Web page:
5-9 What Accelerates Dissolution of High-Level Waste Glass?

-Effects of Magnesium Ions in Solution-

Fig.5-17 Elemental concentrations in the leachate versus time in the leach tests in MgCl2 solution at 90 °C

Fig.5-17 Elemental concentrations in the leachate versus time in the leach tests in MgCl2 solution at 90 °C

Boron (B) concentration is a quantitative indicator of glass dissolution. A higher glass dissolution rate is observed under the presence of Mg ions in leachate, while the rate drops after the depletion of Mg ions.

 

Fig.5-18 A scanning electron microscope image of the surface of glass leached in MgCl2 solution at 90 °C

Fig.5-18 A scanning electron microscope image of the surface of glass leached in MgCl2 solution at 90 °C

It is observed that an altered layer is formed on the glass surface and is partially flaked off the surface. This altered layer measures around 1.0 μm in thickness and mainly consists of Mg and Si.

High-level radioactive liquid waste generated during the reprocessing of spent nuclear fuel is vitrified into high-level waste (HLW) glass. It has been planned to dispose of HLW glass in geological repositories at a depth of 300 m or deeper by encapsulating HLW glass in an iron overpack and covering it with bentonite clay buffer. Vitrification is one of the methods for the treatment of highly contaminated radioactive waste generated in the aftermath of the accident in Fukushima Daiichi NPS.

It is assumed that after several hundred or several thousand years, the groundwater would permeate the bentonite buffer and corrode the overpack. This may result in radionuclides leaching from HLW glass into the permeating groundwater. For safety assessment of geological disposal, it is important to fully understand the leaching behavior, namely, dissolution behavior, of HLW glass.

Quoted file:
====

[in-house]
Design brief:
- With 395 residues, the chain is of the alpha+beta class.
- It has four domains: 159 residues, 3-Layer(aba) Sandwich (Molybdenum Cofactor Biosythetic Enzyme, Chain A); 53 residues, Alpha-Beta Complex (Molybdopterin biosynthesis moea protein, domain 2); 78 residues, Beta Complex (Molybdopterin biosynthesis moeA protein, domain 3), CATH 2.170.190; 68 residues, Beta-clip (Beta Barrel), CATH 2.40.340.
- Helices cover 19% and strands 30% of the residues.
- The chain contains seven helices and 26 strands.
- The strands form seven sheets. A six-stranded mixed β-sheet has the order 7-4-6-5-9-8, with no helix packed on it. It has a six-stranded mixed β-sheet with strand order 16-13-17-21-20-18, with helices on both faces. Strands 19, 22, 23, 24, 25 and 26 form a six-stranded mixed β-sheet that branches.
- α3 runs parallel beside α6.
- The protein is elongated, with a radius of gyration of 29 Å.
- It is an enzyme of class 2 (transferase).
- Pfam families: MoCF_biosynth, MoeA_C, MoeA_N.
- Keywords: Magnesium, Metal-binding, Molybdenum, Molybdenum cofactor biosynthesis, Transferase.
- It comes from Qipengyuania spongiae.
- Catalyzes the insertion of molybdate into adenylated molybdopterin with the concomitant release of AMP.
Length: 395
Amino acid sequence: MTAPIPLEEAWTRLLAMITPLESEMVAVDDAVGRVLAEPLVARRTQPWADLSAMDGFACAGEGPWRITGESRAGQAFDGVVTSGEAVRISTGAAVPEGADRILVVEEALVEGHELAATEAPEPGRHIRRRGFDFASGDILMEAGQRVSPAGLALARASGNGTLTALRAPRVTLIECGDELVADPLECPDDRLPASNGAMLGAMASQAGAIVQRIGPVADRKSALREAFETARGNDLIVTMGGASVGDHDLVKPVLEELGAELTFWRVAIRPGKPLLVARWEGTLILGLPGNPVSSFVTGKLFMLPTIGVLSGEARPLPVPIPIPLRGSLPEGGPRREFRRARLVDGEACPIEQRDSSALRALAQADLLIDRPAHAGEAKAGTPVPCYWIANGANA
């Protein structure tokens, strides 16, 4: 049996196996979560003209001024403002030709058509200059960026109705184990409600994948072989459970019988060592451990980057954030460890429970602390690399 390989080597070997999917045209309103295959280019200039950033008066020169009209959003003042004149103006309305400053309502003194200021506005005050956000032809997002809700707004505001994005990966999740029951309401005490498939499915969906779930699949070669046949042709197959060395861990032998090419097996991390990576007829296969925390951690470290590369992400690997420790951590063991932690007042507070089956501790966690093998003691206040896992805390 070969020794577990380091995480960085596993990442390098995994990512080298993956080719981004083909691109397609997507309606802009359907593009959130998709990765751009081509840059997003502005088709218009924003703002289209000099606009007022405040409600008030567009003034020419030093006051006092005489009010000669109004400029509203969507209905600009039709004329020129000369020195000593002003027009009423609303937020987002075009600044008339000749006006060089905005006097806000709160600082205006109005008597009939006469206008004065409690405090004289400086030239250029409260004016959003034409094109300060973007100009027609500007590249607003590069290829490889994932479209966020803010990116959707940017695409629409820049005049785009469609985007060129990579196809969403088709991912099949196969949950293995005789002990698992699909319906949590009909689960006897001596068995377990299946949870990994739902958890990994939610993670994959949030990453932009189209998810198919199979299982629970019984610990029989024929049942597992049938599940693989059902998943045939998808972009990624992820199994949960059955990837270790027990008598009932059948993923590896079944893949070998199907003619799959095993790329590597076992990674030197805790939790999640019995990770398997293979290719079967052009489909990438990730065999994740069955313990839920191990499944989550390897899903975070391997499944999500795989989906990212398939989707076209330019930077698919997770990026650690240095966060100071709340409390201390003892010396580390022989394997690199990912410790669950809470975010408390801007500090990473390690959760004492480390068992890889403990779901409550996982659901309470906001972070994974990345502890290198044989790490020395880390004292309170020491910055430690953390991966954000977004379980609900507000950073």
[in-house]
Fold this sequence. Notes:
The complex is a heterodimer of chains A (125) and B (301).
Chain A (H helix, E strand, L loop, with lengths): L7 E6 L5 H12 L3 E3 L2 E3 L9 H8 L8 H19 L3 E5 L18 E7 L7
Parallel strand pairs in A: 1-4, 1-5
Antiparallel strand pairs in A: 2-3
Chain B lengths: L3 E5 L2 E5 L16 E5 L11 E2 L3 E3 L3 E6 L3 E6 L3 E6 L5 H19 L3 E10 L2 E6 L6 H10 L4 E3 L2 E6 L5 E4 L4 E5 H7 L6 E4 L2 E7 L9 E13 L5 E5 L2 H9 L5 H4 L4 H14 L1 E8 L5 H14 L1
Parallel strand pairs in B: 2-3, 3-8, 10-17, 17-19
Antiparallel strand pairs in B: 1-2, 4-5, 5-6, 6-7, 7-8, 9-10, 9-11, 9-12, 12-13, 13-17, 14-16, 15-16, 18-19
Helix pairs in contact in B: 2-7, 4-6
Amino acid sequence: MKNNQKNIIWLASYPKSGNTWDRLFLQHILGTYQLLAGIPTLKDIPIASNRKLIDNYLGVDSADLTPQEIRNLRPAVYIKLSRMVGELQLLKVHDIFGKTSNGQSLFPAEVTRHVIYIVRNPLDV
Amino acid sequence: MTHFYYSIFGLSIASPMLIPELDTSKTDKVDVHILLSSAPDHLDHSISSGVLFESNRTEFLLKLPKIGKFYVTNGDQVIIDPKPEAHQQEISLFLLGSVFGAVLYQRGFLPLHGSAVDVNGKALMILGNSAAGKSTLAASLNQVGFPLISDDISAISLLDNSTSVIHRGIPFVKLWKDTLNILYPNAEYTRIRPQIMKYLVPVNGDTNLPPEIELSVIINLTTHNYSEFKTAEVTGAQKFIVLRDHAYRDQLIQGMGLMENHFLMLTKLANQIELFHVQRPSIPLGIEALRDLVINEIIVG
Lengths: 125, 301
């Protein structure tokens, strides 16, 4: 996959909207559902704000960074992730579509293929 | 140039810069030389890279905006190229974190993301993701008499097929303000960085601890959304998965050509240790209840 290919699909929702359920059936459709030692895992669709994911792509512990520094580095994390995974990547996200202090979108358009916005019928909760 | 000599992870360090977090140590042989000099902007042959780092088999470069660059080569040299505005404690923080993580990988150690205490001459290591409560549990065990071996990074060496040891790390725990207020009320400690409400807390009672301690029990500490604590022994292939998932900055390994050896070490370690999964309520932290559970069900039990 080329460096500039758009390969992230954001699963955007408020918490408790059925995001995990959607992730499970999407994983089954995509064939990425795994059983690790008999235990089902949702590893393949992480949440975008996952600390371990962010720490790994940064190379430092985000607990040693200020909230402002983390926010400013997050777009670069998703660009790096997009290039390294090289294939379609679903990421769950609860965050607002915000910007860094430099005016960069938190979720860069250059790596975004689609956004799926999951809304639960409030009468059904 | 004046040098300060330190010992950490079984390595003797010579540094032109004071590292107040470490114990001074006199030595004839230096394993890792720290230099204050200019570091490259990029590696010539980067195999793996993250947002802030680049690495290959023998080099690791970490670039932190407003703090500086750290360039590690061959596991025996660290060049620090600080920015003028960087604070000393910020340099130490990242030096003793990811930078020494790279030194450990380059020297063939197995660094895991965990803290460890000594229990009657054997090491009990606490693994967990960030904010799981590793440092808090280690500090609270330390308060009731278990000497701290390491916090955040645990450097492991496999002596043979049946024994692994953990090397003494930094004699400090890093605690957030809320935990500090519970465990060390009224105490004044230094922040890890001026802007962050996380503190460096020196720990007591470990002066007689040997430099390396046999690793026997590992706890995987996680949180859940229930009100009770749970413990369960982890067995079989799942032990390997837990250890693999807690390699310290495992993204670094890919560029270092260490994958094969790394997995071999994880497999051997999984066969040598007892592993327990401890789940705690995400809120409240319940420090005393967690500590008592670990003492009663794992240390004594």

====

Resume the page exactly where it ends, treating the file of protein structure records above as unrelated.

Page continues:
Glass dissolves at a high rate when silicon (Si), a glass-network former, in it dissolves. Under stagnant groundwater likely to be present in a deep geological repository, it is presumed that glass would dissolve at a low rate because the concentration of Si in water around glass would reach near saturation.

It is also important to investigate the groundwater components that enhance glass dissolution.

In the present study, static leach tests were conducted on simulated HLW glass in a magnesium chloride (MgCl2) solution to investigate the effect of Mg ions on glass dissolution.

When Mg ions existed in the solution, the glass dissolved at a higher rate (Fig.5-17), and an altered layer including Mg and Si was observed on the surface of the leached glass (Fig.5-18).

The obtained results implied that glass dissolution at a higher rate during the first period of around 40 days was accompanied with the formation of magnesium silicates that consumed glass-network-forming Si. However, after this period, the rate decreased as Mg ions depleted in the solution because Si was not consumed to form magnesium silicates.

In order to understand the dissolution of HLW glass, it is essential to know the elements that are likely to consume Si. Radionuclides would be hardly leached from HLW glass in the long term if such elements are scarce in the groundwater.


Reference
Maeda, T. et al., Corrosion Behavior of Simulated HLW Glass in the Presence of Magnesium Ion, International Journal of Corrosion, vol.2011, Article ID 796457, 2011, 6p.

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